There are two kinds of cemeteries in Arizona. One is the modern kind, lush with greenery and flowers courtesy of the canals that had brought irrigation to this part of the desert. My mother is buried in one, covered in emerald grass, with a fountain behind her and a palm tree with bougainvillea climbing up its trunk in front of her. When the reaper calls for the rest of my immediate family, there is space for us next to her in an area that the cemetery staff call, without irony, our “family condo.”
The other kind are bare and dusty, filled with tumbleweed and cactus. Usually old, though not always. Graveyards, not cemeteries.
In the town of Chandler, a southern suburb of Phoenix, is one of the latter. I found it listed on a web list of Phoenix historic sites and was happy to find it a just few miles from my brother’s house.
The Goodyear Ocotillo Cemetery is in the middle of a 520 acre planned community called Fulton Ranch. There’s a little green park-like seating area in front of the cemetery, and a new brick wall (clearly recently built by Fulton Homes, the company that developed Fulton Ranch) around it. A plaque hangs on the wall outside:
And this stone in the park:
During World War I, the Goodyear Tire and Rubber Company leased 8000 acres in Chandler to cultivate cotton to be used for military airplane tires. A community, made up of Goodyear’s agricultural workers, developed there. In 1943, Goodyear decided to move its operations to a larger plot of land west of Phoenix and after it did, the community petered away. Left behind was the cemetery, a three acre plot with about 250 graves.
If by “preserved” Fulton Homes means “we didn’t remove the bodies or simply build homes on top of them,” then I suppose they preserved the cemetery By any other definition, “preserved” is an overstatement. The property is clear of trash and overgrowth — the website of the local newspaper has pictures of the Fraternal Order of Police having a clean-up day there in 2008 — but not much else has been done with it.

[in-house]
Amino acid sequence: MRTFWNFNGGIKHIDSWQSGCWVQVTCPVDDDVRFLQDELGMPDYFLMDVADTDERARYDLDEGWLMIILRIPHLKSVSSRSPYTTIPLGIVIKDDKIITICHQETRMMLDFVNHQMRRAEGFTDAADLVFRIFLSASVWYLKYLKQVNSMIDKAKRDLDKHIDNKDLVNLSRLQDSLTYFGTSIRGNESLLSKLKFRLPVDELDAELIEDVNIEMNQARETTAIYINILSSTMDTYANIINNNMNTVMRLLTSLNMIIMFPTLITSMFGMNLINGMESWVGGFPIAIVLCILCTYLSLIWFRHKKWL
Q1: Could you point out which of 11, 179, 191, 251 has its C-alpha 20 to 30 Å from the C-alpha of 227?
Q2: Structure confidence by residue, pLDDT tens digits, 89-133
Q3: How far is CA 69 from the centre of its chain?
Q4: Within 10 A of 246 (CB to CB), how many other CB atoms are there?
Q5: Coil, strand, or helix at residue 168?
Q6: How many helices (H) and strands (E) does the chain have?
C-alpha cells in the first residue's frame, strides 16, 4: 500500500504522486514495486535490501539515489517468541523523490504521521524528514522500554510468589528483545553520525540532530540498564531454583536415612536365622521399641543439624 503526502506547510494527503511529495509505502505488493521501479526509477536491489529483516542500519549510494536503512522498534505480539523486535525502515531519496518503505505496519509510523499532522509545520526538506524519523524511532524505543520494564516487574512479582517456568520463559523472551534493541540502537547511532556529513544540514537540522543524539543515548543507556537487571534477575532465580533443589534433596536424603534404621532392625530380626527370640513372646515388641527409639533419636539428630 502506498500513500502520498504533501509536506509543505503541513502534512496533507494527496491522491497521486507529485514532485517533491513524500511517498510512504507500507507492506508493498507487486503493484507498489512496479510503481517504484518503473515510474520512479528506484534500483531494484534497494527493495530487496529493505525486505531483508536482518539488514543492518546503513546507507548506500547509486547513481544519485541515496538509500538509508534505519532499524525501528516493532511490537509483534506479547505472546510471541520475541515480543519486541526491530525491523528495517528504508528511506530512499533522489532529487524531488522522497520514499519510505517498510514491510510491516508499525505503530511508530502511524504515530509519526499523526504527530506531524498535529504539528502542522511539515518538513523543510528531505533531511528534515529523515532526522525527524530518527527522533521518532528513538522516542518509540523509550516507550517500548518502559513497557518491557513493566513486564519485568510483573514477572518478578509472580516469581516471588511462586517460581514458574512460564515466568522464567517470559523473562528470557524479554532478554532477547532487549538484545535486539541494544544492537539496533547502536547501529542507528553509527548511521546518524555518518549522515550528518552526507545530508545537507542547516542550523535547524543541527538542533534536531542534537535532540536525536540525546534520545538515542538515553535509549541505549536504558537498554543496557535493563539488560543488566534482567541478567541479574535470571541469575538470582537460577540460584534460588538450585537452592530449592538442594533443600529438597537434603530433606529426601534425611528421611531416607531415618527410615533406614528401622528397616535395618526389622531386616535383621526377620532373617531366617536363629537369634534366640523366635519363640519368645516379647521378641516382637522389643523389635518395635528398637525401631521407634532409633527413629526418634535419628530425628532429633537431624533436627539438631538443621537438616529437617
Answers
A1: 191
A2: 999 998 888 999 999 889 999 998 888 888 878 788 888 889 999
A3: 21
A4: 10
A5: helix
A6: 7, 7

Most of the graves were just mounts of dirt with some evidence — a broken wooden cross, a plastic flower stuck in the ground — that it was a grave. There was no uniformity to the existing markers — clearly every family was on their own.
I only saw a few with discernible names and all the names were Hispanic. Goodyear had segregated its workers – Hispanic, Native American and Anglo — so perhaps this was the cemetery for Hispanic workers. None of the write-ups say.
There were a couple of graves that seemed to have some recent activity.
It would be nice if the development company or the community or the Goodyear Tire Company took this cemetery on as a restoration project. While it is good to see it clean, it would be better if the broken grave markers were fixed and up righted.
The title of this post is a line from one of my favorite plays: A Streetcar named Desire. The wrought iron grave markers reminded me of New Orleans.